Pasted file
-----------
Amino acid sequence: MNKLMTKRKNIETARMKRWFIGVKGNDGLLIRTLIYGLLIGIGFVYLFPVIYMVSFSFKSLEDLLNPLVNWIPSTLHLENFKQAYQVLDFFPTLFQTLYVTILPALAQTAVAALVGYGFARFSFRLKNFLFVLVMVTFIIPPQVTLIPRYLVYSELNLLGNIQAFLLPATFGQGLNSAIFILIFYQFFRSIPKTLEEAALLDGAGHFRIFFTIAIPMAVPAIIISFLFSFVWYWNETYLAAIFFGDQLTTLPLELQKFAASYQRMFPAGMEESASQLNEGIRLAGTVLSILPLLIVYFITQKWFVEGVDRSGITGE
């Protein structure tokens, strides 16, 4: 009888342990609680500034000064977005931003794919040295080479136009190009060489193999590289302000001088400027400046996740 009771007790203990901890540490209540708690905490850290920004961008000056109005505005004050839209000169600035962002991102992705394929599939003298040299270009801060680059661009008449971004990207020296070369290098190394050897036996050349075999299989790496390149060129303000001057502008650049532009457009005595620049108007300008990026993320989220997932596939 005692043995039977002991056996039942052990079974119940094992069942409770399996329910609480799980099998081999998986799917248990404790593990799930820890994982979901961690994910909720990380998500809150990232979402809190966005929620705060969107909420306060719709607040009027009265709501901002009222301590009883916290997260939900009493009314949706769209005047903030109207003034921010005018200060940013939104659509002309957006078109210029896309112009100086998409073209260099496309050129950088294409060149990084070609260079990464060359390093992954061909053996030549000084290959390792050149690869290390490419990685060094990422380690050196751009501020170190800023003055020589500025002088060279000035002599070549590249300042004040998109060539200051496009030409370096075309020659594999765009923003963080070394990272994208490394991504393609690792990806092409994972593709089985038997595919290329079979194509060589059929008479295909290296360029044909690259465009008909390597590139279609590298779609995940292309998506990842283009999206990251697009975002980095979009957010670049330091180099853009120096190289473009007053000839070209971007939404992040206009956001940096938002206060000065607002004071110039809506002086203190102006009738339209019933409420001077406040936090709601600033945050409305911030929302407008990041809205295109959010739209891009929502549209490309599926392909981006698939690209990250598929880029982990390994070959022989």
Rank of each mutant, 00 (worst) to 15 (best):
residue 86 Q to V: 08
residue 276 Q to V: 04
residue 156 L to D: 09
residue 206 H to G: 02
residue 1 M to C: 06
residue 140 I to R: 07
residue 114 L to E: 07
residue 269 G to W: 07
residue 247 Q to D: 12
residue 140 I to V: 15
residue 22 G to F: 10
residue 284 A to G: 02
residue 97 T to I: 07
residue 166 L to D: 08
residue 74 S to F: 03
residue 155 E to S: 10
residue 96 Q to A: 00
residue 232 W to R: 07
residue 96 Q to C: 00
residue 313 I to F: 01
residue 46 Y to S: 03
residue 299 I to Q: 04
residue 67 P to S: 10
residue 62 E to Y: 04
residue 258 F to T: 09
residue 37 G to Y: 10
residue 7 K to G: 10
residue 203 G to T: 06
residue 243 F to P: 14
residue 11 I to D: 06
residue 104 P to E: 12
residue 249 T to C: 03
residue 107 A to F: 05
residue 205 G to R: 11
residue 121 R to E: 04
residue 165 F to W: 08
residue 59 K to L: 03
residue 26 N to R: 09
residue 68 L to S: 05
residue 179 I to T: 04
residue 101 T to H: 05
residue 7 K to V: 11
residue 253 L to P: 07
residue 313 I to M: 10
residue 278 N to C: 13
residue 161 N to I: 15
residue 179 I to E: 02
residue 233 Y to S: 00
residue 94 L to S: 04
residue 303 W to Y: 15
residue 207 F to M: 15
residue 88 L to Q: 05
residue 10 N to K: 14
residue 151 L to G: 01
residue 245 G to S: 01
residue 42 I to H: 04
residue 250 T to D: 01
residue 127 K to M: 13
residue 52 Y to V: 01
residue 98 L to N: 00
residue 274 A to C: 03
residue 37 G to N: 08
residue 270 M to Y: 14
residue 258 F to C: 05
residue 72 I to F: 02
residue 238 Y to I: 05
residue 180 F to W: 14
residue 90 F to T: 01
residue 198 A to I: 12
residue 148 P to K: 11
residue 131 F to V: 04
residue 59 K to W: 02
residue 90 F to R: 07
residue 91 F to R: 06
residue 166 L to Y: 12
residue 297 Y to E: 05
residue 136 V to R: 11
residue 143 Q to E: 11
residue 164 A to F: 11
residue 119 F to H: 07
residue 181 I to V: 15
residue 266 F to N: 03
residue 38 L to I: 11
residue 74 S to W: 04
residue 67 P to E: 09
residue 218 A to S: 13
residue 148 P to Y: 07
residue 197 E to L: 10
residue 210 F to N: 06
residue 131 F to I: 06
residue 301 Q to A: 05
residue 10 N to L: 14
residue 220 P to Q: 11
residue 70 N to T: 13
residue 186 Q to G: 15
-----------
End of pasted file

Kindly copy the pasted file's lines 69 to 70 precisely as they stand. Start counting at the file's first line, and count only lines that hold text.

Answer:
residue 238 Y to I: 05
residue 180 F to W: 14